A Mexican engineer has succeeded in keeping plant roots hydrated for several months by trapping water in a solid form. The technique offers a decisive tool in fighting against drought, and won the inventor the world water prize in 2012.
Sergio Jesús Rico, an engineer from the National Polytechnic Institute (IPN), was determined to find a way to provide a supply of water to crops that eliminates the problems of infiltration and evaporation. The solution was potassium polyacrylate: a chemical substance capable of adhering to plant roots that stores water by transforming it into a gel.
Nicknamed “solid rain” by Rico, the substance takes the form of a white powder that looks like similar to sugar. Each kilogram can gel 500 liters of water. Rico says that potassium polyacrylate can be used with any kind of plant, including pasture and forest vegetation, greenhouse plants and especially food producing plants.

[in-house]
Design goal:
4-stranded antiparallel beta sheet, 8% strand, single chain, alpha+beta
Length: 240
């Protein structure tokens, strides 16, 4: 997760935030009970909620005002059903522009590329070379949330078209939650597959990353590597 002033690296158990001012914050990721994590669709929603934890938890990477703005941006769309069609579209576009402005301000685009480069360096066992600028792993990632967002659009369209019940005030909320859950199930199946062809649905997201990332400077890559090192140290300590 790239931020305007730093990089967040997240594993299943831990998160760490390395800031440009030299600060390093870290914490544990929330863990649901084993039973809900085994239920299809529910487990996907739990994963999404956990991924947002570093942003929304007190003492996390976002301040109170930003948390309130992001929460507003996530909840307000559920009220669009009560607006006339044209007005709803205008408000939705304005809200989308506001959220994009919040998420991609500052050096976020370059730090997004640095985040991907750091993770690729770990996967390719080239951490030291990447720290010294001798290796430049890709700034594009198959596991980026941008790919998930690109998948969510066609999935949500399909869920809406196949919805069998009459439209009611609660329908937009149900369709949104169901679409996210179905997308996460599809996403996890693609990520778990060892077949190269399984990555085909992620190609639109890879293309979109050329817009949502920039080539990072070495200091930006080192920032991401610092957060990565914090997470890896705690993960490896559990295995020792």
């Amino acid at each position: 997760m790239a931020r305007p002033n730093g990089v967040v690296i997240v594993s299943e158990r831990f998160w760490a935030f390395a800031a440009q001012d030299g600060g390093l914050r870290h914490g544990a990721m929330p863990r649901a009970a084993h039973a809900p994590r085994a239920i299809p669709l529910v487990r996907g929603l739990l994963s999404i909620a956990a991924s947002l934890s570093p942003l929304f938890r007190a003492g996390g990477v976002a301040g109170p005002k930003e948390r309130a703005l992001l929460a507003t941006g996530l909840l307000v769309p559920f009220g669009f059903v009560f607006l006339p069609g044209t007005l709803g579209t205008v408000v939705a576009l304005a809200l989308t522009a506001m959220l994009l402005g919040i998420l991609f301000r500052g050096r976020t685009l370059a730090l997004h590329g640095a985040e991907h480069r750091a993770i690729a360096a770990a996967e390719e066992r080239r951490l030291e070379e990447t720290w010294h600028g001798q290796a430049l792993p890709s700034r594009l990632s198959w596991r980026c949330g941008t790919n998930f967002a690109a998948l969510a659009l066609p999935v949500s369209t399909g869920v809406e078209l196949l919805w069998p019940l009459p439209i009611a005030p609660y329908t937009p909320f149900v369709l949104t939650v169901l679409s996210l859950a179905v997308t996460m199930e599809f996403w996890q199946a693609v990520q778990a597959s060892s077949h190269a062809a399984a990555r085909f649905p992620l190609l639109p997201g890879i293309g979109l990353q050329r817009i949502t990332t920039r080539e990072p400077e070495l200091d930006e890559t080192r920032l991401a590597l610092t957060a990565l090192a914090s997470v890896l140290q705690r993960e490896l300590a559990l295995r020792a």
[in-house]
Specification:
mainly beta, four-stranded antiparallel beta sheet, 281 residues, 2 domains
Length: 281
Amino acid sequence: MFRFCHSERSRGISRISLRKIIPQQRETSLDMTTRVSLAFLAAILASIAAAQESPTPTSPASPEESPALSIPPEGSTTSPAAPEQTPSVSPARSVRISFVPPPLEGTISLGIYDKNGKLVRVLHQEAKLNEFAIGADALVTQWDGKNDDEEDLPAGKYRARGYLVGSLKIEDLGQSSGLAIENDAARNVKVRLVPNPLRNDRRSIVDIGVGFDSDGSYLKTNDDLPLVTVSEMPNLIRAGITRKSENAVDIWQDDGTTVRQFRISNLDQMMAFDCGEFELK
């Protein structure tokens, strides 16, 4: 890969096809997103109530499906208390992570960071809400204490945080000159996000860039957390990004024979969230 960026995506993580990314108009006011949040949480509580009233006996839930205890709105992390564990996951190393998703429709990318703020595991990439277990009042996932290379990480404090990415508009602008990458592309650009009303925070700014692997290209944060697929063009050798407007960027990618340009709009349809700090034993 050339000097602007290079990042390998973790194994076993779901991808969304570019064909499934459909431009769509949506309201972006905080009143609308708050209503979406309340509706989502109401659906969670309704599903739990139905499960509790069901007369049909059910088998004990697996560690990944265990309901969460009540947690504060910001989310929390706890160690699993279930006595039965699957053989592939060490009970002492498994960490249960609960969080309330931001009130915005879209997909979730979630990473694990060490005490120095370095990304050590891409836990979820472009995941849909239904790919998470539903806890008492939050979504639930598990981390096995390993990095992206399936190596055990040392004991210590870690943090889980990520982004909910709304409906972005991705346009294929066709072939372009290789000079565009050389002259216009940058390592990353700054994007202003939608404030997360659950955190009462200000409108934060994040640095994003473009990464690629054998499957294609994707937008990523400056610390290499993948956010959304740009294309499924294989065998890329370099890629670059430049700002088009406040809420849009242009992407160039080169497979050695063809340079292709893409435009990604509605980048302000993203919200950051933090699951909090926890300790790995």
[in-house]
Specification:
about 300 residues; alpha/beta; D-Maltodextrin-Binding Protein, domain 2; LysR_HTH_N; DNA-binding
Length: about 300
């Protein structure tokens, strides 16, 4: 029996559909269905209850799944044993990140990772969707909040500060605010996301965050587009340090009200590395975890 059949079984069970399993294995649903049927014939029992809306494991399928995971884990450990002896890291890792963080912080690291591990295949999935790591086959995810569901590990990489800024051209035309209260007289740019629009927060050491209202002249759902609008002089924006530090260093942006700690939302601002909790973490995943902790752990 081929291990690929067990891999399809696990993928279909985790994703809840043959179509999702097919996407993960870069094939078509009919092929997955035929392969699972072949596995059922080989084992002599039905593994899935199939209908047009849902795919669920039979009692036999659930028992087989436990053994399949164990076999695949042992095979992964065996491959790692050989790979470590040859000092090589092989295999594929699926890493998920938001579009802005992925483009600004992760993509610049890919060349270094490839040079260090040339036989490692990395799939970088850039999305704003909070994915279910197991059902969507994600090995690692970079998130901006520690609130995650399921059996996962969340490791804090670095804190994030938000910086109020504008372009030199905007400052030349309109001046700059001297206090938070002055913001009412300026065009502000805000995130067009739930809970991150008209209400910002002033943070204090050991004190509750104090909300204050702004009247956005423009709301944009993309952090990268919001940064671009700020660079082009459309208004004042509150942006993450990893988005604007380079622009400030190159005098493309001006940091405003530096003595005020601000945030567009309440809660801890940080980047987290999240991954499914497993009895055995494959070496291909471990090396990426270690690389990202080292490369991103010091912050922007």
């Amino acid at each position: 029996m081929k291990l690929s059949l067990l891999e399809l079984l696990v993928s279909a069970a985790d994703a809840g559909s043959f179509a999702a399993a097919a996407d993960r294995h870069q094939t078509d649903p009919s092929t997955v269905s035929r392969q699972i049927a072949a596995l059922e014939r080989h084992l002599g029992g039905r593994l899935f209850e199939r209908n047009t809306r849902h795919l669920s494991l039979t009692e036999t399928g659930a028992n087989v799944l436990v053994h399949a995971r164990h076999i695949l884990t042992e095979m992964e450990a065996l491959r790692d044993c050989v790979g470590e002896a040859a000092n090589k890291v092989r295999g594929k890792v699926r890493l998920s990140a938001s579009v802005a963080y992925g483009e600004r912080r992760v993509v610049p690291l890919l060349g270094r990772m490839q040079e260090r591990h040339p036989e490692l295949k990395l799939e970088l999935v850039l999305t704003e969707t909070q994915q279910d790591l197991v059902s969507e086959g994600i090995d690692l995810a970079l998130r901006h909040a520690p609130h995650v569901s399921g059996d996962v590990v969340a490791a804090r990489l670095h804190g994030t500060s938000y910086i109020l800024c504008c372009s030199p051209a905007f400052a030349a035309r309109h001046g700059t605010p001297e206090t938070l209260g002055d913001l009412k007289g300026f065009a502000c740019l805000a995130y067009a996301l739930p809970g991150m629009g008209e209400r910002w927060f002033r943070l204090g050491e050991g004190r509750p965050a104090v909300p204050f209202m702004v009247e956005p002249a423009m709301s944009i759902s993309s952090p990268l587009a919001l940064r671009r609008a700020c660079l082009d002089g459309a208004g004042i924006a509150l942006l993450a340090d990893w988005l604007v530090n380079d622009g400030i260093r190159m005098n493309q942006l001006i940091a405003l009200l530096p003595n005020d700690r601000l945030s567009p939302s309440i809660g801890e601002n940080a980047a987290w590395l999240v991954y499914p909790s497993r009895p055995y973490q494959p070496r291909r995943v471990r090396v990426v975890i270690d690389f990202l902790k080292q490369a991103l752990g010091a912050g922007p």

A comparative study conducted in the state of Jalisco demonstrated the incredible efficiency of the new technique. Whereas traditional irrigation of corn yielded 600 kilos per hectare, the solid rain product provided a yield of ten metric tons per hectare.
Based on pilots conducted in Colombia, the quality is there. The blocks of water are placed undergorund, and they replenish themselves after each shower. Using this method the irrigation-related costs dropped by 75% while foliage and flowers increased by 100% and the roots by 300%. In India, for certain crops normally needing 80 litres of water per month, the technique allowed irrigation to drop to 50 liters every 3 months.
With a useful lifetime of between 8 and 10 years, potassium polyacrylate enables the development of more economical new irrigation systems, particularly in drought zones.
The development of solid rain helped Rico win a nomination for the World Water Prize 2012, a prize awarded by the Stockholm International Water Institute.